Several of you have asked what happens next in the intelligent design case. Both sides have two more weeks to submit “proposed findings of fact and conclusions of law,” which basically means how each side thinks the judge should rule and why.
During these two weeks, the defendants’ and the plaintiffs’ attorneys will also be working with the judge to determine which exhibits will be admissible as evidence and therefore made part of the permanent record of the trial. The big dispute is over two newspaper articles our side introduced about the June 14 board meeting, both of which stated that the word “creationism” was used at the meeting. The record of the trial will be closed after that.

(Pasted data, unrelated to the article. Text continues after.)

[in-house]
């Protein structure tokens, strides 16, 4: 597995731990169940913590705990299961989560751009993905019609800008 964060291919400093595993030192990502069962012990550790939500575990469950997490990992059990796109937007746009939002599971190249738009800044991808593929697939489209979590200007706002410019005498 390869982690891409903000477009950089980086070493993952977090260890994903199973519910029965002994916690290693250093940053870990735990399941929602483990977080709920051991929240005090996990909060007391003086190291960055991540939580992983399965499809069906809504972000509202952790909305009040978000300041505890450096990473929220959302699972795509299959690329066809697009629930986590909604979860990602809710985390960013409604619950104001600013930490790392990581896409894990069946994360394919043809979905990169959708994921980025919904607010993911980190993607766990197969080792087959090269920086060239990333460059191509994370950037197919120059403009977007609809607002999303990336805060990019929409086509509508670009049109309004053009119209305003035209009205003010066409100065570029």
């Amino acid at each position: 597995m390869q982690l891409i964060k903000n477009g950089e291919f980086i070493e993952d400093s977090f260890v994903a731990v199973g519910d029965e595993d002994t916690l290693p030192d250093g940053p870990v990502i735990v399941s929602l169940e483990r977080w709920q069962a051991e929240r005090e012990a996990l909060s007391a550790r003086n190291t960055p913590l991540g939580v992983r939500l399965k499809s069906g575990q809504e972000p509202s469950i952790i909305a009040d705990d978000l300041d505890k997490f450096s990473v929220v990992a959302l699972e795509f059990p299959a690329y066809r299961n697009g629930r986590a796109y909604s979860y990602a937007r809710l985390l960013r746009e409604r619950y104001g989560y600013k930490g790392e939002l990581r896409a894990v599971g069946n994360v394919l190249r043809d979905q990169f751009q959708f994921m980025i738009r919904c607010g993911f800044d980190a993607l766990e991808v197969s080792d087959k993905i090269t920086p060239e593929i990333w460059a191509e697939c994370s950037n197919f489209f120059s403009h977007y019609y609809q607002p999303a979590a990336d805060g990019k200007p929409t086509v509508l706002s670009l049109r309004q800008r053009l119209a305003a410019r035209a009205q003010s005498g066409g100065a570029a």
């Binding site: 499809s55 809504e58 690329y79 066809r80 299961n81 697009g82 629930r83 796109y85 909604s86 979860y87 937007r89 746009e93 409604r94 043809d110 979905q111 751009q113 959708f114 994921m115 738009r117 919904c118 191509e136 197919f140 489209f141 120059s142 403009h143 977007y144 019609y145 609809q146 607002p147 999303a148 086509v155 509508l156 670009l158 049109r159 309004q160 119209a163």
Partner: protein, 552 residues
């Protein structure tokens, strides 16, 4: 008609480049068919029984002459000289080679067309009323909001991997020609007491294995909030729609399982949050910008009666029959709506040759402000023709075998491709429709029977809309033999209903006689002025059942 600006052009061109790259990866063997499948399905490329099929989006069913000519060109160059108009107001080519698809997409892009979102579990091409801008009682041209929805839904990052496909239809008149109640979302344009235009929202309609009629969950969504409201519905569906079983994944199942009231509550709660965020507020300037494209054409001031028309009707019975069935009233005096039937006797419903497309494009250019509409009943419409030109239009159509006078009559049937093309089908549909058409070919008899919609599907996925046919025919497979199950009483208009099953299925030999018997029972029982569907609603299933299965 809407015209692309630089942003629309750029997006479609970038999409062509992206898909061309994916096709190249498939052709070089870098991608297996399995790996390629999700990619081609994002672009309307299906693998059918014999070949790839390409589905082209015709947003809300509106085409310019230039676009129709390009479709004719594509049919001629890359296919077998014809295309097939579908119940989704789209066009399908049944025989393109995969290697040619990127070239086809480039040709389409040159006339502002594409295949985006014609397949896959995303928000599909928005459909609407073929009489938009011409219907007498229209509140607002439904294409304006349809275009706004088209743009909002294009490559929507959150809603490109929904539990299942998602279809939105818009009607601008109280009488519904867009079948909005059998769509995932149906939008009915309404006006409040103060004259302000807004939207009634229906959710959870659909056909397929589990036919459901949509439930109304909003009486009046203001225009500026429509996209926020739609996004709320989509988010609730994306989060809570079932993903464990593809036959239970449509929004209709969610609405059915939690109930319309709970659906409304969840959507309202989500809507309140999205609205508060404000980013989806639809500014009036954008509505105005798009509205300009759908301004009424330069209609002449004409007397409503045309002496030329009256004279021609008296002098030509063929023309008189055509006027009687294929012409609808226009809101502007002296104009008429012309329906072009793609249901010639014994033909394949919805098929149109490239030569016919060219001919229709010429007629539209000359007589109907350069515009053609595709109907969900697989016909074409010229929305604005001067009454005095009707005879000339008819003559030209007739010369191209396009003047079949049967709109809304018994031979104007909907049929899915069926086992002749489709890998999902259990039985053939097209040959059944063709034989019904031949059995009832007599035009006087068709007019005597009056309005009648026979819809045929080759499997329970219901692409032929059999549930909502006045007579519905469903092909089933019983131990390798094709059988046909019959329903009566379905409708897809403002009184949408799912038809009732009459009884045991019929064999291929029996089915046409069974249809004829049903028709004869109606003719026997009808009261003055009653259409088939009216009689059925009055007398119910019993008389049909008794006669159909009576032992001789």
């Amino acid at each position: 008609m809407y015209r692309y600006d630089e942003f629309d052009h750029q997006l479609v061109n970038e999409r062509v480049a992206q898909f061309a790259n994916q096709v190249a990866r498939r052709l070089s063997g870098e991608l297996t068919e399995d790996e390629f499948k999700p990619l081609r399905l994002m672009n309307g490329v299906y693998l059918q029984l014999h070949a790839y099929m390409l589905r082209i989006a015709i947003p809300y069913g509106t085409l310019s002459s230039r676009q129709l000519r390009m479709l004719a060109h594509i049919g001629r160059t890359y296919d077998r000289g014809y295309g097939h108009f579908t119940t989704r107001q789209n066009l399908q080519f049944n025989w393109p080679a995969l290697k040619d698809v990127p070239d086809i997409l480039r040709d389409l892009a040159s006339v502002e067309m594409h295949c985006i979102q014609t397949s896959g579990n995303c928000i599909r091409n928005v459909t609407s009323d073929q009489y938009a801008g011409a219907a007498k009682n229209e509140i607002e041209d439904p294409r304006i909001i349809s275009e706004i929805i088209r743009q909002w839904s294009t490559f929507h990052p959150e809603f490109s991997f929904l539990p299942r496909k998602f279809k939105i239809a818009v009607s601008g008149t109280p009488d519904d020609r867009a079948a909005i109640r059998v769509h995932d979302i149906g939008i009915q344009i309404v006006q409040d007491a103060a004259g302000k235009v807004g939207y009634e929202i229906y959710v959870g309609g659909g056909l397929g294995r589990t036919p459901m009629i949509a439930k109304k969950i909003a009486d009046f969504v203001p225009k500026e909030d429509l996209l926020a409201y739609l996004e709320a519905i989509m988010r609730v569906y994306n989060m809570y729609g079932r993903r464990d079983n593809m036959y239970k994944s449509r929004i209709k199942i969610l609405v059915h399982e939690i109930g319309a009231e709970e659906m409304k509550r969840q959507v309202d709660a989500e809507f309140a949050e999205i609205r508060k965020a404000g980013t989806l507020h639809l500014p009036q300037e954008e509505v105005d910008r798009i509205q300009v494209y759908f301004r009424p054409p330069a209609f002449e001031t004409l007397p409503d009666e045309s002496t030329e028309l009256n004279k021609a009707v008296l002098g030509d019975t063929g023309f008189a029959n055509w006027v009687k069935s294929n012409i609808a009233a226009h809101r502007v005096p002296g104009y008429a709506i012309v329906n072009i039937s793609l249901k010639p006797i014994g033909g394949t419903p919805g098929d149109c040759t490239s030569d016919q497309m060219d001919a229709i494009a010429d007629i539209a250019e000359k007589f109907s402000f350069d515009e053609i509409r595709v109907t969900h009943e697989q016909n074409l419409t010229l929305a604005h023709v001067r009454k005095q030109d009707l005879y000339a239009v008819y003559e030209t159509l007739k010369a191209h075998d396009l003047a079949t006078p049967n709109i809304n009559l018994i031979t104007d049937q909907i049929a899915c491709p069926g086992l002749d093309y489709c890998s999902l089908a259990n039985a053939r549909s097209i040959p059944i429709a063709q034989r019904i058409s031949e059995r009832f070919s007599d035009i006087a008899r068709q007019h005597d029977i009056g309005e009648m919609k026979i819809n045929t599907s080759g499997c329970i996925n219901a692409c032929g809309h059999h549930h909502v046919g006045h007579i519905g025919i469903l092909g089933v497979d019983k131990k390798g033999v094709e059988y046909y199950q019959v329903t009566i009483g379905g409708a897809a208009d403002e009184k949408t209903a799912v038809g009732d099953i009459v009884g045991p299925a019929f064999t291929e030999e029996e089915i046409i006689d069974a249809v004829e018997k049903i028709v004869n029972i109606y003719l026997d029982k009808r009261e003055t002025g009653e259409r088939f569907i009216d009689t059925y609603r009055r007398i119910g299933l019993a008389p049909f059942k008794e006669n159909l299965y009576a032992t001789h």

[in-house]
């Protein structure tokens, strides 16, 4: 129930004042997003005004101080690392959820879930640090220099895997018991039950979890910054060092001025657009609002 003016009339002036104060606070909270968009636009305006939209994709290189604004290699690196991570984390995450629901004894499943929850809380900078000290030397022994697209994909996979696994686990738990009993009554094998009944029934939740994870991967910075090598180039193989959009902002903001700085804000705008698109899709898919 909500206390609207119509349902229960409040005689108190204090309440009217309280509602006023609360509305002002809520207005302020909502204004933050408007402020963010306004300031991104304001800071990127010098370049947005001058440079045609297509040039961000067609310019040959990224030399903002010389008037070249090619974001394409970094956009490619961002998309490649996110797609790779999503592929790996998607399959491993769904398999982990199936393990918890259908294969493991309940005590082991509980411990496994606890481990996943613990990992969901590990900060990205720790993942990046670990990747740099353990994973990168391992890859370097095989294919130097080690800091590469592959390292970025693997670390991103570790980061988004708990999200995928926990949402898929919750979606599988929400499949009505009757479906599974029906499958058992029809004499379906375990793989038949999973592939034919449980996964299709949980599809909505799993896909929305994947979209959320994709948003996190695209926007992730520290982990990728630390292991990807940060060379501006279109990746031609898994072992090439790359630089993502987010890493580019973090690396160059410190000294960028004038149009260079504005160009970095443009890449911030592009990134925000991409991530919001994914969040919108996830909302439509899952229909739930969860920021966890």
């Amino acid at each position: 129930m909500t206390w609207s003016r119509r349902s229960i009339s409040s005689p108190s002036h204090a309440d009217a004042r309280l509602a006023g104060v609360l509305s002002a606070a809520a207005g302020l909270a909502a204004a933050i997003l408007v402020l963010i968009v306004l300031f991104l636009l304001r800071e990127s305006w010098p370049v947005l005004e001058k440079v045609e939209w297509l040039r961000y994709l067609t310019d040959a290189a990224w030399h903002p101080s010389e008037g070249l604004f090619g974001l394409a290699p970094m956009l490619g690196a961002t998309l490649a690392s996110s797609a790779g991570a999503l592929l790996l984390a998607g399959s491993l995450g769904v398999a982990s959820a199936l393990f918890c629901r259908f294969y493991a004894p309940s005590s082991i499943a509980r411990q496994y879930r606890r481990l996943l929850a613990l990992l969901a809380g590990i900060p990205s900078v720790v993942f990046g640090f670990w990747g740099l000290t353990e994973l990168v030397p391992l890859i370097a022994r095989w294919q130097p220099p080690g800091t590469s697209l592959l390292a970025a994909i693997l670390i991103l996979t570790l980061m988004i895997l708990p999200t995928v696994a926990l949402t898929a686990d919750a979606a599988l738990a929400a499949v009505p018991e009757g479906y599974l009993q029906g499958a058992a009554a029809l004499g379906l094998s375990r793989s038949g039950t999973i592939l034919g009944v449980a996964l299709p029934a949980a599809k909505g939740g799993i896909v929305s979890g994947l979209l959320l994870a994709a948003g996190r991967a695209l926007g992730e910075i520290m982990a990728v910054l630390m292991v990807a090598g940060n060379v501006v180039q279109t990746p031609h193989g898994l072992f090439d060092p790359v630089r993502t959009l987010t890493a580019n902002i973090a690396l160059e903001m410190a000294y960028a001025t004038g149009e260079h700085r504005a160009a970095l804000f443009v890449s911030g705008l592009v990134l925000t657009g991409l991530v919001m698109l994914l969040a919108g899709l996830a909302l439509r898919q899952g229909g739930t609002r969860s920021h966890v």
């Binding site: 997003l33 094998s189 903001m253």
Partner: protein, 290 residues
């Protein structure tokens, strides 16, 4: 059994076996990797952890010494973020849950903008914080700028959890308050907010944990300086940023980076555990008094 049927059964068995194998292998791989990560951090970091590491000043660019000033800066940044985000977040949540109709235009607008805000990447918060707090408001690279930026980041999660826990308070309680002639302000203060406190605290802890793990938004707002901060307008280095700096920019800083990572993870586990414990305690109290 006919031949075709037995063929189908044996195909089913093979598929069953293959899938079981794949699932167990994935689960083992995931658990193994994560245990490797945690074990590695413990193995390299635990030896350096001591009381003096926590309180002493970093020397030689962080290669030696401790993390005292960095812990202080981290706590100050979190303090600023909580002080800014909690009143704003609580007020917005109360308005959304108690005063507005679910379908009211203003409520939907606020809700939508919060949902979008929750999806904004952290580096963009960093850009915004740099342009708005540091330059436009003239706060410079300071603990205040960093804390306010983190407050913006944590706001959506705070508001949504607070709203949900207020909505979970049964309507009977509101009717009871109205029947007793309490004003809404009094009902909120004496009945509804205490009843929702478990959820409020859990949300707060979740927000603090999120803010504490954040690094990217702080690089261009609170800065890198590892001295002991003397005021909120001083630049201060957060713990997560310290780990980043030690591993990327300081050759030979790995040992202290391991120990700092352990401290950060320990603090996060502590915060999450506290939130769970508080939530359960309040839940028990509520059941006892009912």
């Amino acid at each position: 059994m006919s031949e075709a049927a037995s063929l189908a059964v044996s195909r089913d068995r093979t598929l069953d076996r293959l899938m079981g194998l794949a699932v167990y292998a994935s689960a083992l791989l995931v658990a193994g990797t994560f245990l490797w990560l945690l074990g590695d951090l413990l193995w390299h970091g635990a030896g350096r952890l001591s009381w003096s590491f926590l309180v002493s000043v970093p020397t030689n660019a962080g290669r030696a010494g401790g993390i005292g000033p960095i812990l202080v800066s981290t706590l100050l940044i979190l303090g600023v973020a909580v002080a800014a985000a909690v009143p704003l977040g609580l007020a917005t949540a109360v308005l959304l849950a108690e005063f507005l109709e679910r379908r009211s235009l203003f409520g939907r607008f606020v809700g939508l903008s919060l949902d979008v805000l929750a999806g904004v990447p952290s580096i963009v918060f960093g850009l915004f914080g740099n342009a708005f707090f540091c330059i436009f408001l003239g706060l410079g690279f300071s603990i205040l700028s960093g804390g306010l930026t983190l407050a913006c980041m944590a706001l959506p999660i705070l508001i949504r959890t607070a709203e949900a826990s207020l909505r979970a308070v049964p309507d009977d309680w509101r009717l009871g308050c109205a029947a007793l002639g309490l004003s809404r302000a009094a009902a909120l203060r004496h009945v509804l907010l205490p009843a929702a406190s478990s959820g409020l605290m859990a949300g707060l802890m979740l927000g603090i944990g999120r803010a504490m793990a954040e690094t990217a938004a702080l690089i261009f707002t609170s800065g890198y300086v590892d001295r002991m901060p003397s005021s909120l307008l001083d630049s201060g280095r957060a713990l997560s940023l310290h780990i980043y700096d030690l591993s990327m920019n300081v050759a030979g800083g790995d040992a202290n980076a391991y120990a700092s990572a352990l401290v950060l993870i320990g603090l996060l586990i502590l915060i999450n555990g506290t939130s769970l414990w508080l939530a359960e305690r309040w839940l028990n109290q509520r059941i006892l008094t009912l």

Following the submissions of proposed findings, each side has one week to respond to the other (putting us at November 25). After that, the judge will begin deliberating. He stated at the trial on Friday that he will do his best to make a ruling by the end of the year or early January at the absolute latest. That’s actually a fairly quick turn-around time for a case this complex.
The judge will be looking how the Lemon test applies. The purpose of the Lemon test (based on a 1971 US Supreme Court case, Lemon v. Kurtzman) is to determine when a law has the effect of establishing religion. This Morning Call article gives a pretty good summary and explanation of the Lemon test and its application to this case.